Israeli, Saudi, and Iranian Responses in the Days After a Deal with Iran: What Are the U.S. Options?
About the Briefing
Israel, Saudi Arabia, and Iran itself hold the keys to the success and durability—or lack thereof—of any final nuclear deal reached between Iran and the P5+1.
- Following a deal, continued concerns about Iran's program might lead Israel to reject it outright, take military action, or choose other measures aimed at scuttling the deal.
- Likewise, concerns about Iran's regional ambitions following the lifting of sanctions could impel the Saudis to step up Jihadi group attacks against Iranian surrogates in Iraq, Lebanon, and Syria with spillover effects on regional stability and U.S.-Iran relations.
- And Iranian President Hassan Rouhani's likely post-deal approach will face real limits due to key internal power centers, namely Supreme Leader Ayatollah Ali Khamenei and conservatives within the Revolutionary Guards.
In this Congressional Briefing, a panel of experts discuss likely concerns and reactions of two key U.S. partners and the internal power dynamics and motivations of the Iranian government. Understanding these factors and U.S. options to address them will be critical for policymakers to implement a final nuclear agreement, as well as for broader regional stability in the months and years that follow.
Alireza Nader is a senior international policy analyst at the RAND Corporation, a professor at the Pardee RAND Graduate School, and author of Iran After the Bomb (2013). His research has focused on Iran's political dynamics, elite decisionmaking, and Iranian foreign policy. His other RAND publications include Israel and Iran: A Dangerous Rivalry; The Next Supreme Leader: Succession in the Islamic Republic of Iran; Saudi-Iranian Relations Since the Fall of Saddam: Rivalry, Cooperation, and Implications for U.S. Policy; The Rise of the Pasdaran: Assessing the Domestic Roles of Iran's Islamic Revolutionary Guards Corps; and Mullahs, Guards, and Bonyads: An Exploration of Iranian Leadership Dynamics. His commentaries and articles have appeared in a variety of publications and he is widely cited by the U.S. and international media. Prior to joining RAND, Nader served as a research analyst at the Center for Naval Analyses. He is a native speaker of Farsi. Nader received his M.A. in international affairs from The George Washington University.
Dalia Dassa Kaye is the director of the Center for Middle East Public Policy and a senior political scientist at the RAND Corporation. In 2011-2012 she was a visiting professor and fellow at UCLA's International Institute and Burkle Center. Before joining RAND, Kaye served as a Council on Foreign Relations International Affairs Fellow at the Dutch Foreign Ministry. She also taught at the University of Amsterdam and was a visiting scholar at the Netherlands Institute of International Relations. From 1998 to 2003, Kaye was an assistant professor of political science and international affairs at The George Washington University. She is the recipient of many awards and fellowships, including a Brookings Institution research fellowship and The John W. Gardner Fellowship for Public Service. Kaye publishes widely on Middle East regional security issues, including in journals like Survival, Foreign Affairs, The Washington Quarterly, Foreign Policy, and Middle East Policy. She is author of Talking to the Enemy: Track Two Diplomacy in the Middle East and South Asia (RAND), Beyond the Handshake: Multilateral Cooperation in the Arab-Israeli Peace Process (Columbia University Press) and has co-authored a number of RAND monographs on a range of regional security issues. Kaye received her Ph.D. in political science from the University of California, Berkeley.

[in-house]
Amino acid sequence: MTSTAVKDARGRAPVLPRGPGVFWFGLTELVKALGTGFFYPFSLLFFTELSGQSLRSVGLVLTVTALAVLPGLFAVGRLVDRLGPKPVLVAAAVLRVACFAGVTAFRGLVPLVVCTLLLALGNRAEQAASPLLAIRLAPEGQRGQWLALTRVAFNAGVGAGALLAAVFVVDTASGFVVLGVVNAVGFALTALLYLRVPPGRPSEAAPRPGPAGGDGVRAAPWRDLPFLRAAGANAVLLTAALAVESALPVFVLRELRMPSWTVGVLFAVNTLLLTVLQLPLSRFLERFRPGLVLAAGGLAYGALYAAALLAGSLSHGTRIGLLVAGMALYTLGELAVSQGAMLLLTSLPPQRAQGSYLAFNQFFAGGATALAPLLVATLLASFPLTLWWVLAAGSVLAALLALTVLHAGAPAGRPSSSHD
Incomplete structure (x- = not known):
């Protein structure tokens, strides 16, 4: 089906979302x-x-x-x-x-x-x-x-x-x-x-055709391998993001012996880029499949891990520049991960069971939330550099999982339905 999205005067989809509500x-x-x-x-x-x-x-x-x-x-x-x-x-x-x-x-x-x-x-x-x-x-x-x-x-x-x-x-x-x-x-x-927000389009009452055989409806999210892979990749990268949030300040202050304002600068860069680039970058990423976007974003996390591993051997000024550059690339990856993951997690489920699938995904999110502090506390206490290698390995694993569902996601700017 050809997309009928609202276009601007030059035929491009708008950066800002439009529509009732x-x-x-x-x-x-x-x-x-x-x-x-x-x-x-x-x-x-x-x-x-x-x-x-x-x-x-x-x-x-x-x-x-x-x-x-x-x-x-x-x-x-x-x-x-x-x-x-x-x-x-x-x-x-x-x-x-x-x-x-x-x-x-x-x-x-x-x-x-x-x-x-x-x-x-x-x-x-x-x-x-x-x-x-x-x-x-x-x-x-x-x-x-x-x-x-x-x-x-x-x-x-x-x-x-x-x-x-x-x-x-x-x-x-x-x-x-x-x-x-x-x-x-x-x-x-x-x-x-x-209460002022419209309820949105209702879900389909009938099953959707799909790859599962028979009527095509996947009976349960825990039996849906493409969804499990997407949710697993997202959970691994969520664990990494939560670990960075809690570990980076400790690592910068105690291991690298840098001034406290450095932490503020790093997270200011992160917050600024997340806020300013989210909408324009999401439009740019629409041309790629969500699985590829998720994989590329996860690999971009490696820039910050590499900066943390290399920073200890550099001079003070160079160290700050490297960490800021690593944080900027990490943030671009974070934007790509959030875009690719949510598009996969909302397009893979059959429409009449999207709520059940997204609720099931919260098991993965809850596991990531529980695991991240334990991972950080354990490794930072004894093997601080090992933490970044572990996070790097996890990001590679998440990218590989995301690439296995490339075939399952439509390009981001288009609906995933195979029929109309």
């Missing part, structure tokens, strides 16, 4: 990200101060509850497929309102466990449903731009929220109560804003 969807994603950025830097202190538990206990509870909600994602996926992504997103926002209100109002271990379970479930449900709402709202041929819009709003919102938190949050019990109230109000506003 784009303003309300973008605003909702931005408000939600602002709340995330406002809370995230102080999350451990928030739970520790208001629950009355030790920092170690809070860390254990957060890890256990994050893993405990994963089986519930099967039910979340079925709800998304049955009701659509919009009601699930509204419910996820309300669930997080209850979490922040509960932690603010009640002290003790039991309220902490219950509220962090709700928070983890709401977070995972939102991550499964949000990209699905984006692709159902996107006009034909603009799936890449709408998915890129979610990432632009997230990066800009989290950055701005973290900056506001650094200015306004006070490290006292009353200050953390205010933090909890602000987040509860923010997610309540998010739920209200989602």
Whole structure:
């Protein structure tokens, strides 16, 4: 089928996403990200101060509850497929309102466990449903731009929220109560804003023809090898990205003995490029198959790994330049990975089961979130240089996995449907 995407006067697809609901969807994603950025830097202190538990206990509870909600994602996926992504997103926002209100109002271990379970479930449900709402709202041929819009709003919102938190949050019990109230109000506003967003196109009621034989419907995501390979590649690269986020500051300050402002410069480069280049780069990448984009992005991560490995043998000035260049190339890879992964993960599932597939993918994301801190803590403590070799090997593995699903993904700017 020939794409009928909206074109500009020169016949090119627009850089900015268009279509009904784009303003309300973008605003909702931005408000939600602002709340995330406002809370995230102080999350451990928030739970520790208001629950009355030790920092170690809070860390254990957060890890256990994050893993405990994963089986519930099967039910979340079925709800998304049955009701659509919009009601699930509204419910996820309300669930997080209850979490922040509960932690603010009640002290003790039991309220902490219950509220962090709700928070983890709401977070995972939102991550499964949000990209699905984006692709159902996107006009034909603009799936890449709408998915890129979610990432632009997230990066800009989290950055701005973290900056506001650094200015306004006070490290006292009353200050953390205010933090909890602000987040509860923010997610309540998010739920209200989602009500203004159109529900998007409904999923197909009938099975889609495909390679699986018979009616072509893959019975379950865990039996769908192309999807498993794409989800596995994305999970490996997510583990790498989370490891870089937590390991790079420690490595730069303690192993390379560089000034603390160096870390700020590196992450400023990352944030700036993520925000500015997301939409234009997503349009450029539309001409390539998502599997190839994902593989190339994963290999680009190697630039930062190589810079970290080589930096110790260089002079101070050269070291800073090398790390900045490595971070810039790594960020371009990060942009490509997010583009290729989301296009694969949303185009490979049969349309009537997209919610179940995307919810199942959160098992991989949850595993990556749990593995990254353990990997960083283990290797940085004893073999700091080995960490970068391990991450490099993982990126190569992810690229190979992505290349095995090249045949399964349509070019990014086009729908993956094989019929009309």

Jeffrey Martini is a Middle East analyst at the RAND Corporation, where he works on political reform in the Arab world with a specific focus on North Africa. Martini has published on civil-military relations in Egypt, generational divides within the Muslim Brotherhood, changes in the regional security environment, and prospects for democratization in the "Arab Spring" countries. He has spent four years living in the Arab world, including three as a Peace Corps volunteer in Morocco and one in Cairo, Egypt, where he was a 2007-08 fellow in the CASA Arabic language program. He speaks, reads, and writes modern standard Arabic and speaks Moroccan and Egyptian colloquial. Martini received his B.A. in political science and economics from Middlebury College and his M.A. in Arab studies from Georgetown University.
Lynn E. Davis is a senior political scientist at the RAND Corporation, and serves as director of RAND's Washington office. From 1993 to 1997, Davis served as Under Secretary of State for Arms Control and International Security Affairs. Her current research focuses on strategic planning, terrorism, citizen preparedness, and defense strategy and force structure issues. She was the senior study group advisor for the Commission on National Security/21st Century. Prior to joining the State Department, Davis was vice president and director of the RAND Arroyo Center. She has also served on the staffs of the Secretary of Defense, the National Security Council, and the first Senate Select Committee on Intelligence. She has taught in the Security Studies Program at Georgetown University, at the National War College, and at Columbia University. Davis's recent RAND publications include: Armed and Dangerous? UAVs and U.S. Security (Lynn E. Davis et al.,2014), U.S. Overseas Military Presence, What Are the Strategic Choices? (Lynn E. Davis et al., 2012), Iran's Nuclear Future: Critical U.S. Policy Choices (Lynn E. Davis et al., 2011). She earned her Ph.D. in political science from Columbia University.